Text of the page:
Featured Research

from universities, journals, and other organizations

Fossil Fuels And Nitrogen Fertilizers May Be Slowly Reducing The Number Of Plant Species Globally, Study Says

Date:
February 12, 2008
Source:
University of Minnesota
Summary:
The number of plant species worldwide may be dwindling from the effects of chronic low levels of nitrogen on terrestrial ecosystems, according to a University of Minnesota study. Loss of biodiversity from high levels of atmospheric nitrogen has been reported in parts of Europe and the United States, but this is the first long-term study of the impact of much lower levels of nitrogen deposition over much of the developed world.

The number of plant species worldwide may be dwindling from the effects of chronic low levels of nitrogen on terrestrial ecosystems, according to a University of Minnesota study.

Related Articles


Loss of biodiversity from high levels of atmospheric nitrogen has been reported in parts of Europe and the United States, but this is the first long-term study of the impact of much lower levels of nitrogen deposition over much of the developed world.

The study, conducted by David Tilman, Regents Professor of Ecology, and former university graduate student Christopher Clark, will be published in the Feb. 7 issue of Nature. Research was carried out at Cedar Creek Ecosystem Science Reserve, a field station operated by the university's College of Biological Sciences.

"Even at low levels, comparable to nitrogen deposition over many industrialized nations, we lost about one plant species in six at our test site [17 percent over 23 years]," Clark said. Rare species were more vulnerable to loss than common species.

But Clarke and Tilman also discovered some good news -- that the loss of species can be reversed. Thirteen years after addition of nitrogen was stopped, species numbers had recovered.

"Many ecosystems worldwide may be losing plant species because of nitrogen deposition from fossil fuel combustion and agricultural fertilizers," said Tilman. "But with a rapid, coordinated national and international effort, we can likely stem or reverse these losses of biodiversity."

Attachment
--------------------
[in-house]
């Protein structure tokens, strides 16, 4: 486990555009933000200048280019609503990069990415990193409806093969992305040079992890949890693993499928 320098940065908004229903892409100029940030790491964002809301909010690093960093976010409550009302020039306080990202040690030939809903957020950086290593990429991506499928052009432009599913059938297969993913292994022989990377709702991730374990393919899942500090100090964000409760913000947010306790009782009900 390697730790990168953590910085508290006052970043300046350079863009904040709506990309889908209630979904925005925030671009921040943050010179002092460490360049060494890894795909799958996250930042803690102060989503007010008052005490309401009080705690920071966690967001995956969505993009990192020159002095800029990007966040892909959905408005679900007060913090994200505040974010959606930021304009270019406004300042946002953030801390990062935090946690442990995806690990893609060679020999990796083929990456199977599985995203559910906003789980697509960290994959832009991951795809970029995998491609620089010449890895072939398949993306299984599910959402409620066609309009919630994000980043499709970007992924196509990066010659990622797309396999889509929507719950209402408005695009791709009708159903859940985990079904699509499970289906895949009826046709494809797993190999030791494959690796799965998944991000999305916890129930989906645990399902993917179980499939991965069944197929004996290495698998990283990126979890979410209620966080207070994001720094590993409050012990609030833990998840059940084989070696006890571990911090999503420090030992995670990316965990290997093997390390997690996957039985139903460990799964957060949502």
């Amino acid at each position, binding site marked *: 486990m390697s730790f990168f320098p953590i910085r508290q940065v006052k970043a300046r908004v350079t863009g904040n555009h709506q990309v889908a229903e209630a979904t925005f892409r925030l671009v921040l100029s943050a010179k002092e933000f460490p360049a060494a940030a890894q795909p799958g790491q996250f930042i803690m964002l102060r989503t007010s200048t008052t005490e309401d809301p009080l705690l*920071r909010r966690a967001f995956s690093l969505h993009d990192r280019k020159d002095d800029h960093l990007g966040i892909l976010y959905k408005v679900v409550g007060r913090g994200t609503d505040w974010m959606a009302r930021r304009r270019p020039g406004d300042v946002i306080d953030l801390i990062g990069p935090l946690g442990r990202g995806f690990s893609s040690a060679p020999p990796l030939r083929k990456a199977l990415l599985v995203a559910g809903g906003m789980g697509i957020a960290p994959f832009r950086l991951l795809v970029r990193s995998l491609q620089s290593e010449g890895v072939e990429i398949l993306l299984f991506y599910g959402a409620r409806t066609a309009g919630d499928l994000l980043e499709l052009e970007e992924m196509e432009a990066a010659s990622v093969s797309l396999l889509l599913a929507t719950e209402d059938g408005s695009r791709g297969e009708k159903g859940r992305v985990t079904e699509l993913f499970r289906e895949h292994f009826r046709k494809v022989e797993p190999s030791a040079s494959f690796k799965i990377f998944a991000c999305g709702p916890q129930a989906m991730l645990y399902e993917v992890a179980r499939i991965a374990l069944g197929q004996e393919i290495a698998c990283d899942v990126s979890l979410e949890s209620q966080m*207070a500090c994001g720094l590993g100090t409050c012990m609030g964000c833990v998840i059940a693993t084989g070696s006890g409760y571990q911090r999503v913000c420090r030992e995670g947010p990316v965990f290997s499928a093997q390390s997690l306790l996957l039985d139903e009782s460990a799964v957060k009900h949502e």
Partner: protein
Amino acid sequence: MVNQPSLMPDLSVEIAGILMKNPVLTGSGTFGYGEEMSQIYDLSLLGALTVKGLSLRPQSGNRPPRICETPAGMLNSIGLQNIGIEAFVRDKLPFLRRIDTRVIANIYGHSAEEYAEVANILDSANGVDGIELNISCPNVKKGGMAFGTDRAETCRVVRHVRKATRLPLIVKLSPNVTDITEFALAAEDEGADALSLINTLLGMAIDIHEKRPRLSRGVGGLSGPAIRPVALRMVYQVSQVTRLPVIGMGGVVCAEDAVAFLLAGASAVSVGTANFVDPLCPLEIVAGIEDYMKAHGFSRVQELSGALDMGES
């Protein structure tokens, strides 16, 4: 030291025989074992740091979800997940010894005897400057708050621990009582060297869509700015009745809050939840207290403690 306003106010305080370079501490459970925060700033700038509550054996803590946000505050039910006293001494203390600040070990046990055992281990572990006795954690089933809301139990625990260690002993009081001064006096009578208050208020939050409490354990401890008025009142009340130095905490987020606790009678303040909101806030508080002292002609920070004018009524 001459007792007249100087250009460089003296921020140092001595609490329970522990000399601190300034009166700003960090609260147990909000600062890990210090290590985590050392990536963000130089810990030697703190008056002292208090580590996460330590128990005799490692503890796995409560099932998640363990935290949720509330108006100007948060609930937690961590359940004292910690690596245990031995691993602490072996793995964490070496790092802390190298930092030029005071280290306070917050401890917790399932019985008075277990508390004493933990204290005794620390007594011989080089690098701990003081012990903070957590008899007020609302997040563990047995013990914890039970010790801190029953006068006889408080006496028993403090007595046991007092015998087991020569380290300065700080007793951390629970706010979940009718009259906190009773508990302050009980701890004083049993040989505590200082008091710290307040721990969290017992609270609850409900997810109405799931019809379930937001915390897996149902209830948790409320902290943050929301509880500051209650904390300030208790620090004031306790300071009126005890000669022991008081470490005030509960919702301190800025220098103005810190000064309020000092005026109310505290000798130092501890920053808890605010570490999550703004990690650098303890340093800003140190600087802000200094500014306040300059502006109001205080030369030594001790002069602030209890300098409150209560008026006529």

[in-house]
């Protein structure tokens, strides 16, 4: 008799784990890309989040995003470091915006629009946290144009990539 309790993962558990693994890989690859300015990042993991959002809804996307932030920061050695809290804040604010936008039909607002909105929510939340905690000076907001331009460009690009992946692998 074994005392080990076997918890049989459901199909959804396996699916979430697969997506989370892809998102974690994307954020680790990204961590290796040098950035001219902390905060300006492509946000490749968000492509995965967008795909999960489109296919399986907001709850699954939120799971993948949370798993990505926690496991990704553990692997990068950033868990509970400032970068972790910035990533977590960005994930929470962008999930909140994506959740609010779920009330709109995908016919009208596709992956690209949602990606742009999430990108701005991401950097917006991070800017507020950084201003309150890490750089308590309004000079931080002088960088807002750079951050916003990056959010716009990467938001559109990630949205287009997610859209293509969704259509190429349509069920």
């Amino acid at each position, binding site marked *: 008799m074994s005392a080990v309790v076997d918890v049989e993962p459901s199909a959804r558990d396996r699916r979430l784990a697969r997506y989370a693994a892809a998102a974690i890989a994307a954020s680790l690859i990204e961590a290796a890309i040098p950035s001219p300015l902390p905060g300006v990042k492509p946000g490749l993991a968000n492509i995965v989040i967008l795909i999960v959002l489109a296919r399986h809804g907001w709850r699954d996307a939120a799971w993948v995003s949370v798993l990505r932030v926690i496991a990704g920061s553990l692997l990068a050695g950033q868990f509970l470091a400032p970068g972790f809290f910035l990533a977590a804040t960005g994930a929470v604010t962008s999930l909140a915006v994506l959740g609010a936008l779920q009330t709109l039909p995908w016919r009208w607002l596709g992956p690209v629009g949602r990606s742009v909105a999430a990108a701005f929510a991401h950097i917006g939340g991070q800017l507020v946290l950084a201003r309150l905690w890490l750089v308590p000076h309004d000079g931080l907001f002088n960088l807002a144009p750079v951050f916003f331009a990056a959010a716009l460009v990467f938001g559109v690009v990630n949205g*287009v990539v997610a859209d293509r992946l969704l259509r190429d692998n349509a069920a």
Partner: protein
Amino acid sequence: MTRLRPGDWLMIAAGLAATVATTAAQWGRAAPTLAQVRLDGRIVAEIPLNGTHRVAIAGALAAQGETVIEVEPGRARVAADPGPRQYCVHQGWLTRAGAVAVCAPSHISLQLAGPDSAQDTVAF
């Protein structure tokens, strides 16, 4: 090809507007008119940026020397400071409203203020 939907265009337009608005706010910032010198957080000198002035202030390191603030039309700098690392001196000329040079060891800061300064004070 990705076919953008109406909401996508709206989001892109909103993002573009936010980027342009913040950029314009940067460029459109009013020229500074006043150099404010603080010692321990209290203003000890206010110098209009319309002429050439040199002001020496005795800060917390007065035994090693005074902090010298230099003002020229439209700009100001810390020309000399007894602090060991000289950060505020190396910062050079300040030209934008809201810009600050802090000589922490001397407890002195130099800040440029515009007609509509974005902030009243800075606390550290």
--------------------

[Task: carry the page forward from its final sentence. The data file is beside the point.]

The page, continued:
Over the past 60 years, fossil fuel combustion and agricultural fertilizers have doubled the amount of nitrogen inputs to terrestrial ecosystems worldwide. The level could double again as nations in Asia and South America industrialize.

Nitrogen is an essential nutrient for plant growth, but too much causes a few species to flourish at the expense of their competitors. Within an ecosystem, species have different roles that contribute to the productivity and stability of the community. When some species are missing, the functioning of the ecosystem as a whole is impaired.

The study was performed in three prairie-like grassland ecosystems at Cedar Creek Ecosystem Science Reserve. All of the plots were treated with varying levels of nitrogen addition from 1982 to 1991. Treatments to half of the plots in one of the fields were stopped after 1991, but nitrogen addition has been continued in all other plots.

The study was funded by the National Science Foundation.


Story Source:

The above story is based on materials provided by University of Minnesota. Note: Materials may be edited for content and length.